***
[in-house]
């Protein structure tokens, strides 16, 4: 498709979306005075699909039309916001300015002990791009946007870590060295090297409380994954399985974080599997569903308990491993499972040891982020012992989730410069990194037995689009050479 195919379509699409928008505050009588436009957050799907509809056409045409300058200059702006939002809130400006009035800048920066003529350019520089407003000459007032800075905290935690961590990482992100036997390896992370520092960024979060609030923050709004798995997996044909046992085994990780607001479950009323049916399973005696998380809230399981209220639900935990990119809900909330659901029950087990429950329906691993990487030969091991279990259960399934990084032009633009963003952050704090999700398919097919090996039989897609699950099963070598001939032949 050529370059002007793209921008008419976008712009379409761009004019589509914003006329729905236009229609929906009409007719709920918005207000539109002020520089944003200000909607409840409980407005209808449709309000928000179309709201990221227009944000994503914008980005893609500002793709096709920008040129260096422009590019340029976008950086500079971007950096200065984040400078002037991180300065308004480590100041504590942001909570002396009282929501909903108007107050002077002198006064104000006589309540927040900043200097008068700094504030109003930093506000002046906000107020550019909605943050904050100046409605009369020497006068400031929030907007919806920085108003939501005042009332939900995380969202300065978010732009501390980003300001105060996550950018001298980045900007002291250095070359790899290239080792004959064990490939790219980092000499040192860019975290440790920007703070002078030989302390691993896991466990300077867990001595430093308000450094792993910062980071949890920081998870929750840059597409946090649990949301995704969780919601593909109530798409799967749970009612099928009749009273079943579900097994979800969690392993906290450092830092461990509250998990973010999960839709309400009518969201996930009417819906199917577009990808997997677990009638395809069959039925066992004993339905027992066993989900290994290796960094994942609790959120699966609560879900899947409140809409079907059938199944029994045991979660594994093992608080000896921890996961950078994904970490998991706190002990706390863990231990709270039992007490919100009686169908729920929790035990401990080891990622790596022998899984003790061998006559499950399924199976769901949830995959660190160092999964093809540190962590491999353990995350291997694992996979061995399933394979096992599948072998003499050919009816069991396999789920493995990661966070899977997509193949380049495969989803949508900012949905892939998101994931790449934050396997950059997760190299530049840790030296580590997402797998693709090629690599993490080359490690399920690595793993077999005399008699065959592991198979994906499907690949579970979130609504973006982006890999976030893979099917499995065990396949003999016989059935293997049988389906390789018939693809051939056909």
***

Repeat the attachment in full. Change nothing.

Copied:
[in-house]
């Protein structure tokens, strides 16, 4: 498709979306005075699909039309916001300015002990791009946007870590060295090297409380994954399985974080599997569903308990491993499972040891982020012992989730410069990194037995689009050479 195919379509699409928008505050009588436009957050799907509809056409045409300058200059702006939002809130400006009035800048920066003529350019520089407003000459007032800075905290935690961590990482992100036997390896992370520092960024979060609030923050709004798995997996044909046992085994990780607001479950009323049916399973005696998380809230399981209220639900935990990119809900909330659901029950087990429950329906691993990487030969091991279990259960399934990084032009633009963003952050704090999700398919097919090996039989897609699950099963070598001939032949 050529370059002007793209921008008419976008712009379409761009004019589509914003006329729905236009229609929906009409007719709920918005207000539109002020520089944003200000909607409840409980407005209808449709309000928000179309709201990221227009944000994503914008980005893609500002793709096709920008040129260096422009590019340029976008950086500079971007950096200065984040400078002037991180300065308004480590100041504590942001909570002396009282929501909903108007107050002077002198006064104000006589309540927040900043200097008068700094504030109003930093506000002046906000107020550019909605943050904050100046409605009369020497006068400031929030907007919806920085108003939501005042009332939900995380969202300065978010732009501390980003300001105060996550950018001298980045900007002291250095070359790899290239080792004959064990490939790219980092000499040192860019975290440790920007703070002078030989302390691993896991466990300077867990001595430093308000450094792993910062980071949890920081998870929750840059597409946090649990949301995704969780919601593909109530798409799967749970009612099928009749009273079943579900097994979800969690392993906290450092830092461990509250998990973010999960839709309400009518969201996930009417819906199917577009990808997997677990009638395809069959039925066992004993339905027992066993989900290994290796960094994942609790959120699966609560879900899947409140809409079907059938199944029994045991979660594994093992608080000896921890996961950078994904970490998991706190002990706390863990231990709270039992007490919100009686169908729920929790035990401990080891990622790596022998899984003790061998006559499950399924199976769901949830995959660190160092999964093809540190962590491999353990995350291997694992996979061995399933394979096992599948072998003499050919009816069991396999789920493995990661966070899977997509193949380049495969989803949508900012949905892939998101994931790449934050396997950059997760190299530049840790030296580590997402797998693709090629690599993490080359490690399920690595793993077999005399008699065959592991198979994906499907690949579970979130609504973006982006890999976030893979099917499995065990396949003999016989059935293997049988389906390789018939693809051939056909």